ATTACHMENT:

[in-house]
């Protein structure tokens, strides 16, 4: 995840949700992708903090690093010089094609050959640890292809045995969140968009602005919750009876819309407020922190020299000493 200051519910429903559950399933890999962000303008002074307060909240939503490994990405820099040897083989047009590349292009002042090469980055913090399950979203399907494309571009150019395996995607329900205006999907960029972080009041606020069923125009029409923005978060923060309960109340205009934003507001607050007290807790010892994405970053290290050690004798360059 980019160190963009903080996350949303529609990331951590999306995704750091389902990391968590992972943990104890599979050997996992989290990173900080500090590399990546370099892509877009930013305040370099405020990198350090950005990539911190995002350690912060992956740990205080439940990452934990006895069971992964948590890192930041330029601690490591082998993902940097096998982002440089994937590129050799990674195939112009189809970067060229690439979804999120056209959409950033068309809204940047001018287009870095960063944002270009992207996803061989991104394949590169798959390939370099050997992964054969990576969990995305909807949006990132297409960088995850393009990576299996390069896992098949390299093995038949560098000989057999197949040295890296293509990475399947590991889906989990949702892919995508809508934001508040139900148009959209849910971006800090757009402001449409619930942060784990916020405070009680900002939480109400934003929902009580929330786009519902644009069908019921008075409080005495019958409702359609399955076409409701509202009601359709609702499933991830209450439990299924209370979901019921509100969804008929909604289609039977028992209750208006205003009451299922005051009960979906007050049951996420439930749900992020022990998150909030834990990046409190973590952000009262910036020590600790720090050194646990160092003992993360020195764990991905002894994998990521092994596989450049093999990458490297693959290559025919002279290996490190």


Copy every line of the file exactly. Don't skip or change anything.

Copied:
[in-house]
């Protein structure tokens, strides 16, 4: 995840949700992708903090690093010089094609050959640890292809045995969140968009602005919750009876819309407020922190020299000493 200051519910429903559950399933890999962000303008002074307060909240939503490994990405820099040897083989047009590349292009002042090469980055913090399950979203399907494309571009150019395996995607329900205006999907960029972080009041606020069923125009029409923005978060923060309960109340205009934003507001607050007290807790010892994405970053290290050690004798360059 980019160190963009903080996350949303529609990331951590999306995704750091389902990391968590992972943990104890599979050997996992989290990173900080500090590399990546370099892509877009930013305040370099405020990198350090950005990539911190995002350690912060992956740990205080439940990452934990006895069971992964948590890192930041330029601690490591082998993902940097096998982002440089994937590129050799990674195939112009189809970067060229690439979804999120056209959409950033068309809204940047001018287009870095960063944002270009992207996803061989991104394949590169798959390939370099050997992964054969990576969990995305909807949006990132297409960088995850393009990576299996390069896992098949390299093995038949560098000989057999197949040295890296293509990475399947590991889906989990949702892919995508809508934001508040139900148009959209849910971006800090757009402001449409619930942060784990916020405070009680900002939480109400934003929902009580929330786009519902644009069908019921008075409080005495019958409702359609399955076409409701509202009601359709609702499933991830209450439990299924209370979901019921509100969804008929909604289609039977028992209750208006205003009451299922005051009960979906007050049951996420439930749900992020022990998150909030834990990046409190973590952000009262910036020590600790720090050194646990160092003992993360020195764990991905002894994998990521092994596989450049093999990458490297693959290559025919002279290996490190």